What has Norman said about the allegations?

Norman pleaded not guilty. After the charge was stayed, Norman said he was confident that he acted with integrity, ethically and "in the best interests of the Royal Canadian Navy, the Canadian Forces and, ultimately, the people of Canada."

But he also said that defence procurement is a very "complicated, obtuse and ultimately ugly process. And what goes on inside that process is difficult to explain at the best of times."

Why did the Liberals initially delay approving the contract?

The Conservatives launched negotiations with Davie in June 2015, but they also changed federal procurement rules to allow a contract without a competition, a move that may have raised questions among the incoming Liberals.

Separately, Norman's defence team alleged that former Treasury Board minister Scott Brison had tried to quash the contract with Davie on behalf of its rival, Irving Shipbuilding Inc. Brison denied that claim.

Vice-Admiral Mark Norman held a news conference with his lawyer Marie Henein after federal prosecutors drop breach of trust charge against him. 32:41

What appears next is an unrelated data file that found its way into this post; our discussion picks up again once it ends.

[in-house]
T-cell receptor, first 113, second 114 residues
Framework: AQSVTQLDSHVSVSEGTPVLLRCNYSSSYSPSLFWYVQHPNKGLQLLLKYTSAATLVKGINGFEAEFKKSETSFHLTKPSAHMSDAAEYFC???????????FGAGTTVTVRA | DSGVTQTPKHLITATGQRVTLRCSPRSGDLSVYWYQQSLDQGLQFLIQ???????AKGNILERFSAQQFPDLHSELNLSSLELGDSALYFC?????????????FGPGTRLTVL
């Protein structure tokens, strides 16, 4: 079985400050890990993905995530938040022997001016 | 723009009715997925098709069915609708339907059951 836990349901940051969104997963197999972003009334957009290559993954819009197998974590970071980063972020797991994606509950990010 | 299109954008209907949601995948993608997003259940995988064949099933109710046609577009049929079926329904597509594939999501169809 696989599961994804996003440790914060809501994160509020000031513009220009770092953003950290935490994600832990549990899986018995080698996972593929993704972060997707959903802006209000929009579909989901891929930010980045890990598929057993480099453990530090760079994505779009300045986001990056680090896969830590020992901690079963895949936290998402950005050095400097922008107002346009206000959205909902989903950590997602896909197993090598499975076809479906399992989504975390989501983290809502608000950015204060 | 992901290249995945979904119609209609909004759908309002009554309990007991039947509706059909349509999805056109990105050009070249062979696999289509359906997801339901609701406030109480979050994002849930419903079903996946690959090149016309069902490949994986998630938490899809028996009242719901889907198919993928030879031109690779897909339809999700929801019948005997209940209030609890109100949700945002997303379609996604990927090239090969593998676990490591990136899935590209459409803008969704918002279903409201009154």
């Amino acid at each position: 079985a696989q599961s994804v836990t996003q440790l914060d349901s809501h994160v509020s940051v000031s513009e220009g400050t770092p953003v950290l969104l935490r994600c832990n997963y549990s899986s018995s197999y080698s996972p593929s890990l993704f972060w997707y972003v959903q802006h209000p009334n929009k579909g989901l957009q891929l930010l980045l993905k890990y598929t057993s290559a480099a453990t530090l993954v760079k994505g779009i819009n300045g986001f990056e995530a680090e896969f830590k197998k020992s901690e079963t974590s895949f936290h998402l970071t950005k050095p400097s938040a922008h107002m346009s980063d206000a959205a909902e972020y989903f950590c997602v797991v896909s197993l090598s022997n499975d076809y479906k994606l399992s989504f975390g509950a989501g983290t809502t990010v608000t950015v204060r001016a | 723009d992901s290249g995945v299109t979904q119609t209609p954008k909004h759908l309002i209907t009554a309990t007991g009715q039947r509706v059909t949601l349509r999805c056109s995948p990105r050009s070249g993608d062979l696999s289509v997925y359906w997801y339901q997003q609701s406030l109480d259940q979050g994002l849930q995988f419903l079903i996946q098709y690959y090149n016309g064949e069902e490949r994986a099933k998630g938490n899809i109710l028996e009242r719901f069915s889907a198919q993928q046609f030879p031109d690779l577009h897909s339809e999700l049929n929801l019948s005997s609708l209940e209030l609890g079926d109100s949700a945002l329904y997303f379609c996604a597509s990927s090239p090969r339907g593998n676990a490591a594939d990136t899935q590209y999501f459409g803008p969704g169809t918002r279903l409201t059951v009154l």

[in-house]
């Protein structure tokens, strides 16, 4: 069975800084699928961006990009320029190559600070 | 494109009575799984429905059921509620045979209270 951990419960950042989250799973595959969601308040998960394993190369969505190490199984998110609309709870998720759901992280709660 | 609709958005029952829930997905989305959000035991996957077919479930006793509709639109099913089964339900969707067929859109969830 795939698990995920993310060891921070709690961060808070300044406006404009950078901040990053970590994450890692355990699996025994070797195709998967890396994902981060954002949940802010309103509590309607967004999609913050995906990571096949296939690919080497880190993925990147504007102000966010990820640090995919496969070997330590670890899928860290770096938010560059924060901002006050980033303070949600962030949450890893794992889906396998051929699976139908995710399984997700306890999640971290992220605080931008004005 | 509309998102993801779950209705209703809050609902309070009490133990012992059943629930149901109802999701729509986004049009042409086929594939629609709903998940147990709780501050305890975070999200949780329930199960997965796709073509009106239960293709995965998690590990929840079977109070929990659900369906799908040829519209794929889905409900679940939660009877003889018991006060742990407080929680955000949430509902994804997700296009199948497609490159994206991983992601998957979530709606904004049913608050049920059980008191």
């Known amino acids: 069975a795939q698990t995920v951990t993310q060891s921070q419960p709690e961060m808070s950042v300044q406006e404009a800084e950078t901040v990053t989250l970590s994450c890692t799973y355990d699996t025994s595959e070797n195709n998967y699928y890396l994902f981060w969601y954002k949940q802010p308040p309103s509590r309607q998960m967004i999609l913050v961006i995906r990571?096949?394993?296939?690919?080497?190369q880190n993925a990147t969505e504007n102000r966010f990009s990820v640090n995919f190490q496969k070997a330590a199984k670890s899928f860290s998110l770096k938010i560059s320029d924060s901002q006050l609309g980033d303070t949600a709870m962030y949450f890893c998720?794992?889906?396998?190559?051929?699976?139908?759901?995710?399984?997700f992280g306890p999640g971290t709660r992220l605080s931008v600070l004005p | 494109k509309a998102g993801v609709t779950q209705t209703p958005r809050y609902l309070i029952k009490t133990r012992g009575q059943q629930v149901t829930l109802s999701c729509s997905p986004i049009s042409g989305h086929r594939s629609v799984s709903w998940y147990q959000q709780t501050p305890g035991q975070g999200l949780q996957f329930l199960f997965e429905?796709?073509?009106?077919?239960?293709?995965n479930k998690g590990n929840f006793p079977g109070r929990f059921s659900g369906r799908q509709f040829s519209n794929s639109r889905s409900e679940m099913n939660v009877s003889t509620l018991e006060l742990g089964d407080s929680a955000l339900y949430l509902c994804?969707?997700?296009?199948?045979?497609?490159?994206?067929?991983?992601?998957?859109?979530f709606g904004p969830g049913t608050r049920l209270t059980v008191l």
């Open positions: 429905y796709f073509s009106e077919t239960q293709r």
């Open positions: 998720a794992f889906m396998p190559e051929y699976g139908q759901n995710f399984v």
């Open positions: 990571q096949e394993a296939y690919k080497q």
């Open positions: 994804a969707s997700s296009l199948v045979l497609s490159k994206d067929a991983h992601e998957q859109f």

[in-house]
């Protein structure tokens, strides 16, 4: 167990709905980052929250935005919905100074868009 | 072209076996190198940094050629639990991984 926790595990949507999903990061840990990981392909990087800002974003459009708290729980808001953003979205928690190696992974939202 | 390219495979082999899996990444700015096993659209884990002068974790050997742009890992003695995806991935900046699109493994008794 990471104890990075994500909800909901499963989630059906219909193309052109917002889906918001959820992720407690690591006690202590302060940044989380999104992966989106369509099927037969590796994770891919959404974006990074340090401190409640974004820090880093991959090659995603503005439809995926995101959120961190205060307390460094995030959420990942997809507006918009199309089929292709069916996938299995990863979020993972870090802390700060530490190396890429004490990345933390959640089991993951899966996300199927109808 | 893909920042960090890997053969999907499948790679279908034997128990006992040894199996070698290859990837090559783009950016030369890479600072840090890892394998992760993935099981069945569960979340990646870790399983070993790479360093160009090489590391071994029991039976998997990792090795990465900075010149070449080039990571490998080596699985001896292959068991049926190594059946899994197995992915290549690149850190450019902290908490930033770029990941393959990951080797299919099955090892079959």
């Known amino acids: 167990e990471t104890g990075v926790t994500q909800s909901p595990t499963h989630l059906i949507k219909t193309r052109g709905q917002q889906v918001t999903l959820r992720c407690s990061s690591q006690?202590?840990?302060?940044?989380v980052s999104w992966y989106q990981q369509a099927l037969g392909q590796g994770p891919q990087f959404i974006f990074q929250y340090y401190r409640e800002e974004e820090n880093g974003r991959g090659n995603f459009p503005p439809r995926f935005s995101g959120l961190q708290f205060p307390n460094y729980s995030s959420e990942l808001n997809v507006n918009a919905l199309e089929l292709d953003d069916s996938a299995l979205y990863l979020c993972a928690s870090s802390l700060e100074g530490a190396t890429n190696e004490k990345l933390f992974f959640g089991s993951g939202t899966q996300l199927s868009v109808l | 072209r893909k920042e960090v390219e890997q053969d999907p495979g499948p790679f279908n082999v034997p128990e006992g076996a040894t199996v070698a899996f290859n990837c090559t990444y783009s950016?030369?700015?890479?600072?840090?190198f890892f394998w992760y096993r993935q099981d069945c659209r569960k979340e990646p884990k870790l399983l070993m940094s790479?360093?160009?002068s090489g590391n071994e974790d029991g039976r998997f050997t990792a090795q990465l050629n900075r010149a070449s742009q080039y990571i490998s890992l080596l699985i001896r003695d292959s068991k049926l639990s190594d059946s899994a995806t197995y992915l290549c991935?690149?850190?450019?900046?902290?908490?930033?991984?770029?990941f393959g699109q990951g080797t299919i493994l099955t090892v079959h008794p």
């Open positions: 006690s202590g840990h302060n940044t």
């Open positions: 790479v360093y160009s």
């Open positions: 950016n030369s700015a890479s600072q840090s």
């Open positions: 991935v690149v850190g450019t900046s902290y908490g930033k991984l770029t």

Why was the Liberal government accused of political interference?

Norman's lawyers had alleged political interference, accusing the Privy Council Office of attempting to direct the prosecution. While providing no specifics, his legal team had subpoenaed emails, text messages and meeting notes belonging to Prime Minister Justin Trudeau and his senior advisers.

But federal prosecutors insisted there was no political interference in the case, nor in the decision to stay the charge. Attorney General and Justice Minister David Lametti also denied any political interference.

What happened to the plan to convert the cargo ship?

In March 2018, the navy officially welcomed the MV Asterix to its fleet, after it had been extensively reconfigured by Davie Shipbuilding.

Why was the charge stayed?

CBC News has learned that the Crown's case against Norman unexpectedly began to collapse in March partly under the weight of information from several former Conservative cabinet ministers and staffers.

The Crown would only say that it believed there was no longer a reasonable chance of conviction after it received new information from Norman's defence team.

The new evidence, gathered by Norman's lawyers and presented to the Crown on March 28, included some documents which were not uncovered during the investigation, something Norman's lead defence lawyer blamed on government obstruction.

In court, the Crown said the new information provided greater context about Norman's conduct and "revealed a number of complexities" prosecutors hadn't previously known about.

Lead prosecutor Barbara Mercier would not get into the specifics about that new information. She did say that the prosecution said Norman's actions were inappropriate and secretive, but that doesn't mean a crime was committed. 

"Inappropriate does not mean criminal," she said. 

With files from Murray Brewster, Kathleen Harris and The Canadian Press